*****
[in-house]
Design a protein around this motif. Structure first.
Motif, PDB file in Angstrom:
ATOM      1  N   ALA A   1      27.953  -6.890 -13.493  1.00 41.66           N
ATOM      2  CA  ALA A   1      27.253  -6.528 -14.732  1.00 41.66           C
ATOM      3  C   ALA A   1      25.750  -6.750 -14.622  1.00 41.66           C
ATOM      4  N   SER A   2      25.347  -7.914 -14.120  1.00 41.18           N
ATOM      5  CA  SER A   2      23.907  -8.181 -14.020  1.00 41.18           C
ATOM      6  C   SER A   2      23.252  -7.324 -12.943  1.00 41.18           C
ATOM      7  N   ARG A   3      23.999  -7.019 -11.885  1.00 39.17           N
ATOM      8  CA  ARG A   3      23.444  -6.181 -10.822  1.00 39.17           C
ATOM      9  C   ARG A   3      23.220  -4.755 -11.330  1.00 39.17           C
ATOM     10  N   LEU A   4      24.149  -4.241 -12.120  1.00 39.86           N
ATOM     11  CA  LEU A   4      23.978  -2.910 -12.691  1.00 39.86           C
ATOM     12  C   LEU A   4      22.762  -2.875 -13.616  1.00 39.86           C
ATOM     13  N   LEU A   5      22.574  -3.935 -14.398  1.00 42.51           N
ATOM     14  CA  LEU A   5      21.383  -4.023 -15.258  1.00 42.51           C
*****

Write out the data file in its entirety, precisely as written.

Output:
[in-house]
Design a protein around this motif. Structure first.
Motif, PDB file in Angstrom:
ATOM      1  N   ALA A   1      27.953  -6.890 -13.493  1.00 41.66           N
ATOM      2  CA  ALA A   1      27.253  -6.528 -14.732  1.00 41.66           C
ATOM      3  C   ALA A   1      25.750  -6.750 -14.622  1.00 41.66           C
ATOM      4  N   SER A   2      25.347  -7.914 -14.120  1.00 41.18           N
ATOM      5  CA  SER A   2      23.907  -8.181 -14.020  1.00 41.18           C
ATOM      6  C   SER A   2      23.252  -7.324 -12.943  1.00 41.18           C
ATOM      7  N   ARG A   3      23.999  -7.019 -11.885  1.00 39.17           N
ATOM      8  CA  ARG A   3      23.444  -6.181 -10.822  1.00 39.17           C
ATOM      9  C   ARG A   3      23.220  -4.755 -11.330  1.00 39.17           C
ATOM     10  N   LEU A   4      24.149  -4.241 -12.120  1.00 39.86           N
ATOM     11  CA  LEU A   4      23.978  -2.910 -12.691  1.00 39.86           C
ATOM     12  C   LEU A   4      22.762  -2.875 -13.616  1.00 39.86           C
ATOM     13  N   LEU A   5      22.574  -3.935 -14.398  1.00 42.51           N
ATOM     14  CA  LEU A   5      21.383  -4.023 -15.258  1.00 42.51           C